Shares of U.S. firearm makers surged on Monday as renewed fears of tighter gun control after the deadliest mass shooting in U.S. history led to expectations of a spike in firearm sales.
Sturm Ruger & Co. (RGR) soared 8.3 percent to $62.16, while Smith & Wesson Holding Corp. (SWHC) 6.6 percent at $22.82 in late afternoon trading.
Shares of gun manufacturers typically increase after a mass shooting as investors speculate that tougher gun-control measures may be enacted, spurring sales before any new measures take effect, Bloomberg News reported.
A man armed with an assault rifle and pledging loyalty to Islamic State killed 50 people during a gay pride celebration at a nightclub in Orlando, Florida early on Sunday.
The rampage, by New York-born Florida resident Omar Mateen, was denounced by President Barack Obama, who had previously blasted Congressional inaction on gun control.
Gun sales also jumped in January after Obama vowed to use executive powers to expand background checks for buyers and bolster licensing requirements for dealers.
The Orlando shooting is also expected to reignite emotional debates over American gun laws and homeland security in what is shaping up to be a vitriolic U.S. presidential campaign between Democrat Hillary Clinton and Republican Donald Trump.
The National Instant Criminal Background Check System, which is used to vet consumer gun purchases and is a gauge of firearm demand, jumped more than 25 percent for the three months through January, Smith & Wesson said in March. That period included a terrorist shooting in San Bernardino, California, and coordinated attacks in Paris.
Addressing the nation, Obama said the Orlando spree, the worst mass shooting in U.S. history, is a reminder of how easy it is to obtain weapons under U.S. law. “We have to decide if that’s the kind of country we want to be,” he said. “And to actively do nothing is a decision as well.”
Hillary Clinton, the probable Democratic nominee for president, reiterated her support of stricter controls on who can purchase guns.
Presumptive Republican nominee Donald Trump plans a “major speech” in New Hampshire on Monday to address the Orlando attack, immigration and national security, his campaign said in an e-mailed statement. “If we do not get tough and smart real fast, we are not going to have a country anymore,” Trump said. “Appreciate the congrats for being right on radical Islamic terrorism,” he said also on Twitter.
The surge of gun demand following mass shootings — fueled either by speculation about stricter gun control or by a heightened desire for self-defense — usually subsides. That has created a volatile industry that gunmakers have tried to address by making their production more flexible.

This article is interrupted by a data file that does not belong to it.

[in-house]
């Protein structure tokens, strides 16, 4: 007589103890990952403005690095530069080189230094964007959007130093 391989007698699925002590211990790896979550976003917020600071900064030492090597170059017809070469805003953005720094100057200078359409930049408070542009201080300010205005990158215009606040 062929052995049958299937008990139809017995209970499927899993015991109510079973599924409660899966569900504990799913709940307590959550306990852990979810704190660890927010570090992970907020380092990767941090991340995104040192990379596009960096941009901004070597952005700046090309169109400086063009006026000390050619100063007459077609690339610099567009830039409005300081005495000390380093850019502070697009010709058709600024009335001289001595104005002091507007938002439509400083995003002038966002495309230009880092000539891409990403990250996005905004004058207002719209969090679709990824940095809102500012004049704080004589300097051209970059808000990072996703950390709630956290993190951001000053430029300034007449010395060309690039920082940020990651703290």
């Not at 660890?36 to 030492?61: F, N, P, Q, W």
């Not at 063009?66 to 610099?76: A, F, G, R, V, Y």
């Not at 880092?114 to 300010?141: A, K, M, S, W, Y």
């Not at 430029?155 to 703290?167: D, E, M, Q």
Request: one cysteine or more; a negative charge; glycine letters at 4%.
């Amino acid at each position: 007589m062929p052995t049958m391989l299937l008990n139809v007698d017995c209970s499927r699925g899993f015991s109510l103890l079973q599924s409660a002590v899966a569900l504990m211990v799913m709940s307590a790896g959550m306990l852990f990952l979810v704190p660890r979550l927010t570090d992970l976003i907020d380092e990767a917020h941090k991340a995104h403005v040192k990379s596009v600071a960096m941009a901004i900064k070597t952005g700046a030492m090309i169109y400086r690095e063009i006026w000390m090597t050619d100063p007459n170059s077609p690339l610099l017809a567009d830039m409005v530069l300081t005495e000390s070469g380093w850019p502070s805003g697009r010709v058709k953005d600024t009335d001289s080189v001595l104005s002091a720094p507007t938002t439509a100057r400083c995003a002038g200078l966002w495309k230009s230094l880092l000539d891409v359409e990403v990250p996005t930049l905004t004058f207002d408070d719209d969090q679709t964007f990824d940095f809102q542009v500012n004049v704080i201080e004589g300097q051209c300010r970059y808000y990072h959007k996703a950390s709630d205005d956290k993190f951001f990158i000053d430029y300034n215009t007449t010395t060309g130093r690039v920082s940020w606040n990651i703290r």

“There have been some significant ups and downs in demand as political rhetoric and threats have spurred demand above the underlying normal rate,” Sturm Ruger Chief Executive Officer Michael Fifer said at the company’s annual meeting last month. “These spikes in demand have then been followed by periods when demand retreated as the threats to gun rights failed to materialize to quite the degree that had caused the spike in the first place.”
However, several gun shop owners and managers interviewed by Reuters said they were yet to see an increase in gun sales or ammunition following Sunday's shooting.
"It's been a regular Monday," said Edward Pepper, the owner of Belle, Missouri-based Osage County Guns.
Pepper said he had not seen a spike in gun sales, unlike in the aftermath of the Sandy Hook Elementary School shooting in Newtown, Connecticut in 2012.
People seem to have come to terms with the idea that there is no government effort to take away guns, he said.
Wolf Laughlin, the manager of Helotes, Texas-based Gun Shack, said that business was actually slower than usual, perhaps because people were waiting for government response to the shooting.
However, BB&T Capital Markets analyst Brian Ruttenbur, citing an industry contact, said media coverage and recent statements by politicians on the events over the weekend were spurring buying of military style rifles.
If the buying momentum is sustained, it could result in a pickup in manufacturing orders, which were expected to slow this year due to decreasing consumer demand, he said.
(Newsmax wire services contributed to this report).
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